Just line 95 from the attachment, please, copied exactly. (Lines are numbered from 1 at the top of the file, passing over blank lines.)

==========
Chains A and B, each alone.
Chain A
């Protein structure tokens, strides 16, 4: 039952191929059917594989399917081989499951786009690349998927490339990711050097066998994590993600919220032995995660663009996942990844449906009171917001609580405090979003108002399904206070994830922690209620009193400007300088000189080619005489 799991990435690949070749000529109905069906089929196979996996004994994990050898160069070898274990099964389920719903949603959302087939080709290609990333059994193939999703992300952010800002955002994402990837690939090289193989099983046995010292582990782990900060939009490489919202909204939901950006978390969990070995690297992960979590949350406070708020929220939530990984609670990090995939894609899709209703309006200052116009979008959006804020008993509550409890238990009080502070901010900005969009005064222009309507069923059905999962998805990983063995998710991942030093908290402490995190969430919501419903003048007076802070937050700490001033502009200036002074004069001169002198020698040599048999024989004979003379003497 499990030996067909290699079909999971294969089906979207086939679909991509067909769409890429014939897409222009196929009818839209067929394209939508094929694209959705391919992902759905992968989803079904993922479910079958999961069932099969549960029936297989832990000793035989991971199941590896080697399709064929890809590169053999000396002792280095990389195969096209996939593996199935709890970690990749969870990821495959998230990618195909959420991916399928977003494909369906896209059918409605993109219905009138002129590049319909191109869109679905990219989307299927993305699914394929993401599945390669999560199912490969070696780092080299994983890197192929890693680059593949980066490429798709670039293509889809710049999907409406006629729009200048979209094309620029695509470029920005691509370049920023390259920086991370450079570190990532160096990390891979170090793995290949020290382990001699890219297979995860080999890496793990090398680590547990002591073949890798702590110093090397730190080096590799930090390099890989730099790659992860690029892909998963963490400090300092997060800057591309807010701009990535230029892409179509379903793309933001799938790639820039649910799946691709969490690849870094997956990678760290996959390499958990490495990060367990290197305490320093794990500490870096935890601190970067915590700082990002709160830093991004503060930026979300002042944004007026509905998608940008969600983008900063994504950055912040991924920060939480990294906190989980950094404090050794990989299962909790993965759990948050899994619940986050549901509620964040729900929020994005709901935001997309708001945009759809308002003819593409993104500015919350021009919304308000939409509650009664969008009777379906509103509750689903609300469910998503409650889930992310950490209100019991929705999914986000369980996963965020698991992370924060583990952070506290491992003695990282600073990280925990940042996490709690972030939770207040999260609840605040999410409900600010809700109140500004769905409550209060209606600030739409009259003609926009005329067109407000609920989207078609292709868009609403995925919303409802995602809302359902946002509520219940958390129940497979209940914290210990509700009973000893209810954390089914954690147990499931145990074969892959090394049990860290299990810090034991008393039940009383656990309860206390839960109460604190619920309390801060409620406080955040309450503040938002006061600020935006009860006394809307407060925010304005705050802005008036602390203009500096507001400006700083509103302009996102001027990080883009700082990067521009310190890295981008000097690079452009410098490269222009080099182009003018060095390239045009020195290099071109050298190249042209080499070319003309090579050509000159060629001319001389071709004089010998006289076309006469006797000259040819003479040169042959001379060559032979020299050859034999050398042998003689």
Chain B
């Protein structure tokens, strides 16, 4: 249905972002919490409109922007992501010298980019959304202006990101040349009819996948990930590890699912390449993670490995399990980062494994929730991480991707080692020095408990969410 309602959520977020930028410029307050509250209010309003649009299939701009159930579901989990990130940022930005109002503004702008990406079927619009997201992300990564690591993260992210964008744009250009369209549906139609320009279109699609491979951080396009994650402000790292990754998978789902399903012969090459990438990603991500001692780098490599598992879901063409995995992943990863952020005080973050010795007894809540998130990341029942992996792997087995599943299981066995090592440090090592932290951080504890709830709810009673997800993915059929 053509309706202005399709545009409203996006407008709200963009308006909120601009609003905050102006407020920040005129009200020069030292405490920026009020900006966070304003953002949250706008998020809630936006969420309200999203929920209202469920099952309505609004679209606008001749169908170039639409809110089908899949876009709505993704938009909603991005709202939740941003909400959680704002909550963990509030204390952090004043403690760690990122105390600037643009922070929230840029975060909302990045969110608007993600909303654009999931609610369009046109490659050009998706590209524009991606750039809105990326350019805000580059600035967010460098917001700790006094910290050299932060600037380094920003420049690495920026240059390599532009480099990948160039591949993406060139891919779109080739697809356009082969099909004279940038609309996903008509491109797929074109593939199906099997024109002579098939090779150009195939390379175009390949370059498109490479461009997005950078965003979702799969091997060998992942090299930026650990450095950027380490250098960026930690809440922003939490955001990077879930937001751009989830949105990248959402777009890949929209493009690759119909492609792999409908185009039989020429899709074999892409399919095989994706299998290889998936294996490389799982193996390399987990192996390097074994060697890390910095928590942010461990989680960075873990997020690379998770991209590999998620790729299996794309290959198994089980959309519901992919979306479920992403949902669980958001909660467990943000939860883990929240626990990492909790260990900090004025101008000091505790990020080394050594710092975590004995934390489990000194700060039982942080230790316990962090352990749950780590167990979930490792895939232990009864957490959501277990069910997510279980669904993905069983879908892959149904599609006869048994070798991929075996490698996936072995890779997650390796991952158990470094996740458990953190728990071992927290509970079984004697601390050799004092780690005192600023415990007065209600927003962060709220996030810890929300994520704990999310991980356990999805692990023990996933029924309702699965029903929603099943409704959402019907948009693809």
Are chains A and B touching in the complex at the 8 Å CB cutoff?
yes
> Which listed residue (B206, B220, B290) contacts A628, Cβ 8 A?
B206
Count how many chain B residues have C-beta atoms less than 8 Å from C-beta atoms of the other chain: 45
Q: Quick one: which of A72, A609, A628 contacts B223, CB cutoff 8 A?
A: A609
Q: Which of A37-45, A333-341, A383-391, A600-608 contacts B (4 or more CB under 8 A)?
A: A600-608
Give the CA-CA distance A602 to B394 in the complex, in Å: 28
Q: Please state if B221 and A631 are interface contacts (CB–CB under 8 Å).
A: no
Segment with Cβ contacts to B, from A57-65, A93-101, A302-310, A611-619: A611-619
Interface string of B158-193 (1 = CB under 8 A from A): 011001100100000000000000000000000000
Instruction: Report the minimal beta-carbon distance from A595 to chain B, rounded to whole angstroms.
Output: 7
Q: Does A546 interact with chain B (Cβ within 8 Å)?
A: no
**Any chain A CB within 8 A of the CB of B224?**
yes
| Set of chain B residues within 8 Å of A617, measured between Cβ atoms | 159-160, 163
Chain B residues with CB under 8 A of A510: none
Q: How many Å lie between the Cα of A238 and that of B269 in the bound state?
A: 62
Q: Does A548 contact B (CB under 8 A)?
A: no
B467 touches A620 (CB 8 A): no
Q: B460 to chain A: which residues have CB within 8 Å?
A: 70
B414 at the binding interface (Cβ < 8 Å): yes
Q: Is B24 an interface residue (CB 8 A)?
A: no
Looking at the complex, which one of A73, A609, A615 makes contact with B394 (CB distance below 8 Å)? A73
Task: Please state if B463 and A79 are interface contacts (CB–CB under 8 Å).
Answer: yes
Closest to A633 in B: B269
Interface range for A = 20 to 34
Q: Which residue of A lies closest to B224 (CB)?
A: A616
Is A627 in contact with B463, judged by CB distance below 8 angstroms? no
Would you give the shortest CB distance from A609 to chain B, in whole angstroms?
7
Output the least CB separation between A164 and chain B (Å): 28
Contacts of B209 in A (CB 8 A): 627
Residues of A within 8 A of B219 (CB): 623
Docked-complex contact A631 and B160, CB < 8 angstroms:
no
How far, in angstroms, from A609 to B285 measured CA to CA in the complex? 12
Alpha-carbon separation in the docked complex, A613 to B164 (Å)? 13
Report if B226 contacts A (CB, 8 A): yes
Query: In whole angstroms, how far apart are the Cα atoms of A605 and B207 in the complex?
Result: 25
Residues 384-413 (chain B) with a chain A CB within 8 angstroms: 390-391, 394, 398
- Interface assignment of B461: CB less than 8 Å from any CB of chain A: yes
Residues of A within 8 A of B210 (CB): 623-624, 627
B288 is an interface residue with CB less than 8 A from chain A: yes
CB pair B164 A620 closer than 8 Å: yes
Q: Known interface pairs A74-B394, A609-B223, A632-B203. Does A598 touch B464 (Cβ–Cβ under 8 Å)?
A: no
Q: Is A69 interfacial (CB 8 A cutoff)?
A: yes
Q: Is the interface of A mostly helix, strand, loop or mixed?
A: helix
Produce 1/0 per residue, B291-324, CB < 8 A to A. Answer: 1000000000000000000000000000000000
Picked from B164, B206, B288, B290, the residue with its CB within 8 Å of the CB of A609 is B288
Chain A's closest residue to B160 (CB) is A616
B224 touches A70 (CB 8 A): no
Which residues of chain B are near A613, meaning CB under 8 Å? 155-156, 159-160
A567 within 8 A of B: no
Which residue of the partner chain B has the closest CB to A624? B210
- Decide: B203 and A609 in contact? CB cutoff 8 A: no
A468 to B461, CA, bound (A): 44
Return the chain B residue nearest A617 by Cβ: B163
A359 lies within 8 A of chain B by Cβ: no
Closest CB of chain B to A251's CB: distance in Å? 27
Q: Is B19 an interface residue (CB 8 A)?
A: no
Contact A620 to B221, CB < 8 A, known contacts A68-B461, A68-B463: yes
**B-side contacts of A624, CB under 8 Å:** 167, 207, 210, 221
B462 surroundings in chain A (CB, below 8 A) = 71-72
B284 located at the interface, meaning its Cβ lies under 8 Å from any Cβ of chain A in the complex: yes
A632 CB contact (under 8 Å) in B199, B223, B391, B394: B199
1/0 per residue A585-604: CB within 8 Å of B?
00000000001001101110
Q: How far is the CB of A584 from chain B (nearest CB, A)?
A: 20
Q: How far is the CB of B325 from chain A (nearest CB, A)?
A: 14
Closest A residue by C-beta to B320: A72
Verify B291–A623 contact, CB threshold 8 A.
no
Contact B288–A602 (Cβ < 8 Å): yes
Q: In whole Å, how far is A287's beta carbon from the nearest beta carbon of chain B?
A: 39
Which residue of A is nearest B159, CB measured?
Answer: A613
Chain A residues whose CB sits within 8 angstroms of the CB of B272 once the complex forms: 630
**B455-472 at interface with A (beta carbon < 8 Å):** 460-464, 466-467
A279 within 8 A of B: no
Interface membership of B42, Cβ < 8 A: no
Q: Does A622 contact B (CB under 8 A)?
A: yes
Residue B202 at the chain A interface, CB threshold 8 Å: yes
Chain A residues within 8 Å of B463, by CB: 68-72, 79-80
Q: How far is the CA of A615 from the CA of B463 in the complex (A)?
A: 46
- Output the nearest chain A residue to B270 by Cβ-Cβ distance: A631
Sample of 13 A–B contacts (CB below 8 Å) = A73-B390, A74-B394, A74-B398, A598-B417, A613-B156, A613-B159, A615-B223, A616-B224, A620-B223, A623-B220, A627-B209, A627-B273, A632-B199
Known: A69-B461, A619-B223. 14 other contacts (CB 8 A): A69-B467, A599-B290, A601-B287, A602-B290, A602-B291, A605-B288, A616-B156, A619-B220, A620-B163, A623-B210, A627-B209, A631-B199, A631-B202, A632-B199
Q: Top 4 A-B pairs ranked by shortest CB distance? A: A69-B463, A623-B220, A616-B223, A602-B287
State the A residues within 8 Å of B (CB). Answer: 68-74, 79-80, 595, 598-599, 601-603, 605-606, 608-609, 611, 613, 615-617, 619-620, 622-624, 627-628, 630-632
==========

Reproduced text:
Verify B291–A623 contact, CB threshold 8 A.